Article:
DNA Profiling Laws In India

As things stand currently, there is no specific laws regulating the DNA profiling technology and the databases concerning it. The whole responsibility is left on the judges to decide on the aspect of admissibility of DNA evidence and the testing surrounding it. There are also some specific provisions of the Indian Evidence Act and CrPC that deal implicitly with the same, but the absence of explicit regulatory law is something that should be acknowledged by the legislation.

The DNA-based Technology Regulation Bill could not be passed in the Lok Sabha due to the lapsation by the dissolution of union cabinet in 2018. However, in 2019, the bill was again introduced but it is "under consideration" before the union cabinet.[3] The main intention behind the introduction of this bill is regarding the construction of a unified "DNA database". This will include the genetic profiles of the accused, victims, etc. Currently, Section 45 of the Indian Evidence Act, 1872, deals with the "opinion of the experts upon a particular subject."

Whether or not this section can accommodate the opinion of a "forensic expert" is unclear. Section 53 of the CrPC allows a police officer the authorization for taking the opinion of a medical practitioner in "good faith." And similarly, Section 53A included the rape victims as well where that bodily substances could be taken for the process of DNA profiling. These sections implicitly allowed the police officer to collect the DNA samples of the people involved in the proceedings but the admissibility of the same is upon the discretion of the judge.

The "271st Law Commission Report of 2017"[4] concluded that the bill was not against the aforesaid provisions which implicitly provide for the DNA profiling. It recommended that a DNA profiling board be constructed which shall be the responsible for the guidelines and supervision.

And also, the creation of a national "DNA Data Bank" by the government at the centre. The commission ensured that all the DNA profiling activities must meet up the stringent standards and are in accord with the constitution of India. The Bill also provides the guidelines for the specific removal of data if requested or through a court's order.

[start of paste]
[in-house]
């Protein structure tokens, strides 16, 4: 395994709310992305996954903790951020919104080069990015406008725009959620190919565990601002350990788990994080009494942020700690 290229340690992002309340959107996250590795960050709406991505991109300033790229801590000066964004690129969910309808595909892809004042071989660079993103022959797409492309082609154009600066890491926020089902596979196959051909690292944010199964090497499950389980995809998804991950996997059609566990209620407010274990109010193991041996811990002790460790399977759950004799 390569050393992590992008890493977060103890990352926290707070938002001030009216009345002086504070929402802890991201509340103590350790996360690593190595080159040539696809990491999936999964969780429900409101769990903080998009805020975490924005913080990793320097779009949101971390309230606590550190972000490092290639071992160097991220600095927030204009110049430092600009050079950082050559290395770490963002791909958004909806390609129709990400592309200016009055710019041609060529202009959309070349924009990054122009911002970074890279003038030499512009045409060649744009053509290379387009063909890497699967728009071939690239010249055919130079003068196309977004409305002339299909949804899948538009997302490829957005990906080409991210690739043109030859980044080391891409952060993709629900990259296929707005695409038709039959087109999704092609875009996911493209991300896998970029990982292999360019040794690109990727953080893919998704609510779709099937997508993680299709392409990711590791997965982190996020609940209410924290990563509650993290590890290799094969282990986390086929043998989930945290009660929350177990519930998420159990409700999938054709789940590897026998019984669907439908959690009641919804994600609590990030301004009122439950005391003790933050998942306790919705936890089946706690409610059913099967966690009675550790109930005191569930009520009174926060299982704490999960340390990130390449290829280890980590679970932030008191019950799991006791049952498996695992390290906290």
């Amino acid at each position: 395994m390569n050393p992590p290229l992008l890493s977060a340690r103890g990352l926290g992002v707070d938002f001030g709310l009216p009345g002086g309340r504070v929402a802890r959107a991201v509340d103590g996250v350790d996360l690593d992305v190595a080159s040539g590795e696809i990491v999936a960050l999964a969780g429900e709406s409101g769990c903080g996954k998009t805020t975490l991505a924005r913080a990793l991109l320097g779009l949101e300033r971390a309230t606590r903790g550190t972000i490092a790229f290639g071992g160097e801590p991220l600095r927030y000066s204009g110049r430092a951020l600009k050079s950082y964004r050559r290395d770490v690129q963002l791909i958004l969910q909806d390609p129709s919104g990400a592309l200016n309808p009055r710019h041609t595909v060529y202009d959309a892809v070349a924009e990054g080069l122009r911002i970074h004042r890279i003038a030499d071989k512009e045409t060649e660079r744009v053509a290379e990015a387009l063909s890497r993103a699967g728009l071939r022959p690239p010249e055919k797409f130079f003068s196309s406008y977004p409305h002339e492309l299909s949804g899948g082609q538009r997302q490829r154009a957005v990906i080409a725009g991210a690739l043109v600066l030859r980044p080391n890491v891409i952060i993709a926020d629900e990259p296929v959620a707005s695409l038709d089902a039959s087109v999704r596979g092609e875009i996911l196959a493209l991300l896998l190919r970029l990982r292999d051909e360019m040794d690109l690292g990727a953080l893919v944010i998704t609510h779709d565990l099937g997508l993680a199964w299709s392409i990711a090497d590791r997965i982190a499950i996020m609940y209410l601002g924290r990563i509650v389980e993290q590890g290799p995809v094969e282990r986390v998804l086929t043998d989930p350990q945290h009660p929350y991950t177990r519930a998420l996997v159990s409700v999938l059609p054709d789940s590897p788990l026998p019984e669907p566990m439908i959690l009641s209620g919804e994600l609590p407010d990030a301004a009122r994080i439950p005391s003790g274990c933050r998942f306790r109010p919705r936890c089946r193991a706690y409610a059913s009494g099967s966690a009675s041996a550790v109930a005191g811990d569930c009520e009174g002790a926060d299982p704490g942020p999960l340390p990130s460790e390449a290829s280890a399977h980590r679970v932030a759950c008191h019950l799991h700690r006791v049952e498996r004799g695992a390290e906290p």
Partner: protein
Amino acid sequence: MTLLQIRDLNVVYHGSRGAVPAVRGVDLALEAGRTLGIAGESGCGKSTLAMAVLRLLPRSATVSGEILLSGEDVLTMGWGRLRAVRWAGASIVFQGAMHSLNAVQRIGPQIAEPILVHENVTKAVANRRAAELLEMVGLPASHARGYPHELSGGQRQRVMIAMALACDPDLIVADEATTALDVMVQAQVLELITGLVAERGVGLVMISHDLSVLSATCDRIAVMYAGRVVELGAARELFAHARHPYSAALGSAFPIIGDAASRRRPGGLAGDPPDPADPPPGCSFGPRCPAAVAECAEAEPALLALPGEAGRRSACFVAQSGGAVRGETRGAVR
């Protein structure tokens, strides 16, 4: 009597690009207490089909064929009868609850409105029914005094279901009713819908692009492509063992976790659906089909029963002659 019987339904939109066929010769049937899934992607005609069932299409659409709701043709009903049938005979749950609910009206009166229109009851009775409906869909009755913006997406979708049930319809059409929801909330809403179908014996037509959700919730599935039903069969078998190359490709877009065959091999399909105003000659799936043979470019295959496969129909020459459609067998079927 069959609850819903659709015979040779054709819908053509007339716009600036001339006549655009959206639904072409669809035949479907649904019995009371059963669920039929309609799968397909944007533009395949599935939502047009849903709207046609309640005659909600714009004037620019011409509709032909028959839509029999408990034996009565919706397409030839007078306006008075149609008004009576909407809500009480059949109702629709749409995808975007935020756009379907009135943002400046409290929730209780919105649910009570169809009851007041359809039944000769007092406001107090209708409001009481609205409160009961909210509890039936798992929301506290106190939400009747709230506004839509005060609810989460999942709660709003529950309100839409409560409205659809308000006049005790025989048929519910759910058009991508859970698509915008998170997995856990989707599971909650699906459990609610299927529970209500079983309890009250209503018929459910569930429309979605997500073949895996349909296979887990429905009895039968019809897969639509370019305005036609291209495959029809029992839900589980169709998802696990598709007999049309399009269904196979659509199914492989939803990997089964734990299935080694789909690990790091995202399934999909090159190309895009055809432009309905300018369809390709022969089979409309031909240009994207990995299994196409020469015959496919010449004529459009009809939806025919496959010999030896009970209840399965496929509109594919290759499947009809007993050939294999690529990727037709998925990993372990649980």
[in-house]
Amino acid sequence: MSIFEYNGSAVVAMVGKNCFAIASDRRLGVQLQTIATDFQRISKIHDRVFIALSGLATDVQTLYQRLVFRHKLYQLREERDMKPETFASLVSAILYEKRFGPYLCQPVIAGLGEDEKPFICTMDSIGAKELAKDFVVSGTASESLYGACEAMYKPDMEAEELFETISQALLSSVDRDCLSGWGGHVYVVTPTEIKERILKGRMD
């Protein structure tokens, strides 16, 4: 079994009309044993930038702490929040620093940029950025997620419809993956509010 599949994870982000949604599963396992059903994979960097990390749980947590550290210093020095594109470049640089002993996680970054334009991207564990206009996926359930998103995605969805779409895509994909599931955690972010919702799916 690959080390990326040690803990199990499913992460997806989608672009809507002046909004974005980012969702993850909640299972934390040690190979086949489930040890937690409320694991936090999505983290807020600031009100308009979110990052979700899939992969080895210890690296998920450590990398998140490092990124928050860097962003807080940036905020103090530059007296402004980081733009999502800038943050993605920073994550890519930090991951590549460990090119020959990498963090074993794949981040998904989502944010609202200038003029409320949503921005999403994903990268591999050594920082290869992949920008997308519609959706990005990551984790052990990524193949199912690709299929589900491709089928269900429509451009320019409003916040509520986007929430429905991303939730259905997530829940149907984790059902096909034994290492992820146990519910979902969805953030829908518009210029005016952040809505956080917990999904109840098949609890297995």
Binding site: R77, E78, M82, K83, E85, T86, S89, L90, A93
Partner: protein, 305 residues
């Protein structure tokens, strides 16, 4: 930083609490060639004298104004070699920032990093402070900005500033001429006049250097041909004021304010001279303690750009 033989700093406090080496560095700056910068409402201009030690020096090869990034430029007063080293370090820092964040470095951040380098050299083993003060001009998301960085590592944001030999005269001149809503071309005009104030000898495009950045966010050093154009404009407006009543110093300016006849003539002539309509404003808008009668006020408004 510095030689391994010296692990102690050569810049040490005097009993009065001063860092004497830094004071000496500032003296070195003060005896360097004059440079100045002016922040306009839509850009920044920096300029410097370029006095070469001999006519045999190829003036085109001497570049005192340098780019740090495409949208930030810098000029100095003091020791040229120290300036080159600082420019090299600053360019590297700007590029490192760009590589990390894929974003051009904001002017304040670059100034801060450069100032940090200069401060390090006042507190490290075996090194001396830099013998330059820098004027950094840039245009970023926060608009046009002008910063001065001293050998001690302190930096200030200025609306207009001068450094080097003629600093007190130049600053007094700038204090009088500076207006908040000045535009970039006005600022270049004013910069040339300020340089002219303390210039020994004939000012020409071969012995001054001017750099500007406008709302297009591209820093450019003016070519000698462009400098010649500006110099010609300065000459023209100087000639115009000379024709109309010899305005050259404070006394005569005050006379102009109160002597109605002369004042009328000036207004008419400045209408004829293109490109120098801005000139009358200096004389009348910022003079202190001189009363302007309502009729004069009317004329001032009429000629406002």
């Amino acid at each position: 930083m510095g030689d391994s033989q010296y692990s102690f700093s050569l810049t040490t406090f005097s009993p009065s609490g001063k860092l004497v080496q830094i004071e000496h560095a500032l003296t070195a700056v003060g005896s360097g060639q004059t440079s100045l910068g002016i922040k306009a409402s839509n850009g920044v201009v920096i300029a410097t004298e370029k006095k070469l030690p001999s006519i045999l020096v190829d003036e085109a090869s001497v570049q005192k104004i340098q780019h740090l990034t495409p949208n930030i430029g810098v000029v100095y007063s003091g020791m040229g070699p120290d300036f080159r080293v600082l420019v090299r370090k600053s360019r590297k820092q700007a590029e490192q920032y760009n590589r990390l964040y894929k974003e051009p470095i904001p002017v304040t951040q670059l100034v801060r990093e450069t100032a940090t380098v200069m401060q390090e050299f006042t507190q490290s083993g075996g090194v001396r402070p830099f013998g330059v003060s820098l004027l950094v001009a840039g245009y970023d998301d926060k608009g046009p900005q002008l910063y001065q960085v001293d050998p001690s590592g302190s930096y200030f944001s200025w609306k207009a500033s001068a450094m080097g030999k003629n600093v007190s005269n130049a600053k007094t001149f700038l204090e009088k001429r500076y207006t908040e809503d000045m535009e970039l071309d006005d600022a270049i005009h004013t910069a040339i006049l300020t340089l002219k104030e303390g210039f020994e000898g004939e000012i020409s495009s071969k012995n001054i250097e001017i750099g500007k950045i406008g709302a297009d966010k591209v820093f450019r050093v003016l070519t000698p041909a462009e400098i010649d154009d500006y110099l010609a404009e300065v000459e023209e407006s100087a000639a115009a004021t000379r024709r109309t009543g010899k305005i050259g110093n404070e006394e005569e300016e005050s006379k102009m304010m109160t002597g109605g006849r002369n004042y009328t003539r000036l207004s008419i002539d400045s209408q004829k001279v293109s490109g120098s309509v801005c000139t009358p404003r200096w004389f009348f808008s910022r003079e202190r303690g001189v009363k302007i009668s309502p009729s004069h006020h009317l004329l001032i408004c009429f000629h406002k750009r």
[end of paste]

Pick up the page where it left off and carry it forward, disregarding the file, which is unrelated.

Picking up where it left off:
Global Evolution

In the Indian context as well as in the global context, the technological and scientific advancements hold a special place. The legal reformation as well as balancing the individual personal rights of the citizens is always a priority for the nations to maintain a balance.

United Kingdom has been held in high regard when it comes to the usage of DNA technology. The National DNA Database (NDNAD) was constructed in 1995 in the UK after extensive discussions following from earlier years. The 2001 act also allowed for the authorities to store indefinite DNA profiles of the suspects and also for people who voluntarily agree to give their samples.

The success of this technology in UK has also been because of the efficiency of the FSS (Forensic Science Service) and also the fact that the police agencies were provided "direct funding and good incentives" from the government. World's first DNA database was constructed in 1995 in the UK and was spearheaded by the FSS. In the UK, the database system is used by the searching of "suspected" profiles. In 2020, the NDNAD had around 6 million profiles and is maintained by the Home Office which is a governmental body in the UK.[5]

If we compare this with the United States of America, there is the National DNA Indexing System (NDIS) where only the convicted profiles are created. This is overlooked by the Federal Bureau of Investigation (FBI), and the NDIS was launched in the 1990s. All the fifty states of the country participate in the NDIS.